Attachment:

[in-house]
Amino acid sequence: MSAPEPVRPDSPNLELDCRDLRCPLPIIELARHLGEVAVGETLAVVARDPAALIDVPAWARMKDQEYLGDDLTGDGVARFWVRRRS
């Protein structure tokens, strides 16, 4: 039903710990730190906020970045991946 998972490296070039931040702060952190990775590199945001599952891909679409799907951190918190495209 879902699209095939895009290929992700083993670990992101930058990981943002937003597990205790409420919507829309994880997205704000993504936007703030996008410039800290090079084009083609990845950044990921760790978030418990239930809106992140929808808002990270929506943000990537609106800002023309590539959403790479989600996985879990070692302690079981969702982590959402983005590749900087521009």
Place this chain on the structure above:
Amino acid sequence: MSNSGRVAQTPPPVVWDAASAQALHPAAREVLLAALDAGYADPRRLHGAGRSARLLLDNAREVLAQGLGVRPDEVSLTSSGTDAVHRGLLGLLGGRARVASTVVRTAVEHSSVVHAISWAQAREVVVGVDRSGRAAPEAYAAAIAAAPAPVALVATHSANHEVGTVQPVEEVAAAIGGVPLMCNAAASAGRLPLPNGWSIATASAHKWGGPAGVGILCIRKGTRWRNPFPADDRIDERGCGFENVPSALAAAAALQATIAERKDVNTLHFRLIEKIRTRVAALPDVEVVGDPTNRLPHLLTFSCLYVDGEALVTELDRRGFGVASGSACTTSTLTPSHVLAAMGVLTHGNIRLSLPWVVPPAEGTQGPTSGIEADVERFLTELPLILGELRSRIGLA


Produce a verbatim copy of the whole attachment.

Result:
[in-house]
Amino acid sequence: MSAPEPVRPDSPNLELDCRDLRCPLPIIELARHLGEVAVGETLAVVARDPAALIDVPAWARMKDQEYLGDDLTGDGVARFWVRRRS
């Protein structure tokens, strides 16, 4: 039903710990730190906020970045991946 998972490296070039931040702060952190990775590199945001599952891909679409799907951190918190495209 879902699209095939895009290929992700083993670990992101930058990981943002937003597990205790409420919507829309994880997205704000993504936007703030996008410039800290090079084009083609990845950044990921760790978030418990239930809106992140929808808002990270929506943000990537609106800002023309590539959403790479989600996985879990070692302690079981969702982590959402983005590749900087521009």
Place this chain on the structure above:
Amino acid sequence: MSNSGRVAQTPPPVVWDAASAQALHPAAREVLLAALDAGYADPRRLHGAGRSARLLLDNAREVLAQGLGVRPDEVSLTSSGTDAVHRGLLGLLGGRARVASTVVRTAVEHSSVVHAISWAQAREVVVGVDRSGRAAPEAYAAAIAAAPAPVALVATHSANHEVGTVQPVEEVAAAIGGVPLMCNAAASAGRLPLPNGWSIATASAHKWGGPAGVGILCIRKGTRWRNPFPADDRIDERGCGFENVPSALAAAAALQATIAERKDVNTLHFRLIEKIRTRVAALPDVEVVGDPTNRLPHLLTFSCLYVDGEALVTELDRRGFGVASGSACTTSTLTPSHVLAAMGVLTHGNIRLSLPWVVPPAEGTQGPTSGIEADVERFLTELPLILGELRSRIGLA